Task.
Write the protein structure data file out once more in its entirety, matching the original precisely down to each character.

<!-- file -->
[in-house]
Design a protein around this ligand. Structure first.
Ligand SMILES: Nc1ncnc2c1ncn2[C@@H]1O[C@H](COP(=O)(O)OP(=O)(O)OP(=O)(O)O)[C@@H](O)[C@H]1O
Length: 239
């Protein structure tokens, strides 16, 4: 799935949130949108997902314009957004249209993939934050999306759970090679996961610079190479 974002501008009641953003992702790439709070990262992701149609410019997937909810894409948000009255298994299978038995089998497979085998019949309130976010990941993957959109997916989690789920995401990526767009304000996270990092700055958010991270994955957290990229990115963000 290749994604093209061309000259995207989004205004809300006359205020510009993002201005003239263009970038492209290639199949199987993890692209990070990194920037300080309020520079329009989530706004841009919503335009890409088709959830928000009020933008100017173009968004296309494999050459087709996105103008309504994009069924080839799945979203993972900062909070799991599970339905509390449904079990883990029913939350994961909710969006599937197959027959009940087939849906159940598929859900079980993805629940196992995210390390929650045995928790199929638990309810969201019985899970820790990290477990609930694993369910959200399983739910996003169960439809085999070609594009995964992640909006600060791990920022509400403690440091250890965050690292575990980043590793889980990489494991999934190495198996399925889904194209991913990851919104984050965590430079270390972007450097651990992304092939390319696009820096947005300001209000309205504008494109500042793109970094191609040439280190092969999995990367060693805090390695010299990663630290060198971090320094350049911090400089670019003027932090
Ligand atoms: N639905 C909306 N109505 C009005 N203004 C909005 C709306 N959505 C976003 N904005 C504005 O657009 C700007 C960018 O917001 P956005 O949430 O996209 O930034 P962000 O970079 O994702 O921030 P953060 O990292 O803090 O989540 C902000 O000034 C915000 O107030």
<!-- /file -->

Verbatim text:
[in-house]
Design a protein around this ligand. Structure first.
Ligand SMILES: Nc1ncnc2c1ncn2[C@@H]1O[C@H](COP(=O)(O)OP(=O)(O)OP(=O)(O)O)[C@@H](O)[C@H]1O
Length: 239
């Protein structure tokens, strides 16, 4: 799935949130949108997902314009957004249209993939934050999306759970090679996961610079190479 974002501008009641953003992702790439709070990262992701149609410019997937909810894409948000009255298994299978038995089998497979085998019949309130976010990941993957959109997916989690789920995401990526767009304000996270990092700055958010991270994955957290990229990115963000 290749994604093209061309000259995207989004205004809300006359205020510009993002201005003239263009970038492209290639199949199987993890692209990070990194920037300080309020520079329009989530706004841009919503335009890409088709959830928000009020933008100017173009968004296309494999050459087709996105103008309504994009069924080839799945979203993972900062909070799991599970339905509390449904079990883990029913939350994961909710969006599937197959027959009940087939849906159940598929859900079980993805629940196992995210390390929650045995928790199929638990309810969201019985899970820790990290477990609930694993369910959200399983739910996003169960439809085999070609594009995964992640909006600060791990920022509400403690440091250890965050690292575990980043590793889980990489494991999934190495198996399925889904194209991913990851919104984050965590430079270390972007450097651990992304092939390319696009820096947005300001209000309205504008494109500042793109970094191609040439280190092969999995990367060693805090390695010299990663630290060198971090320094350049911090400089670019003027932090
Ligand atoms: N639905 C909306 N109505 C009005 N203004 C909005 C709306 N959505 C976003 N904005 C504005 O657009 C700007 C960018 O917001 P956005 O949430 O996209 O930034 P962000 O970079 O994702 O921030 P953060 O990292 O803090 O989540 C902000 O000034 C915000 O107030």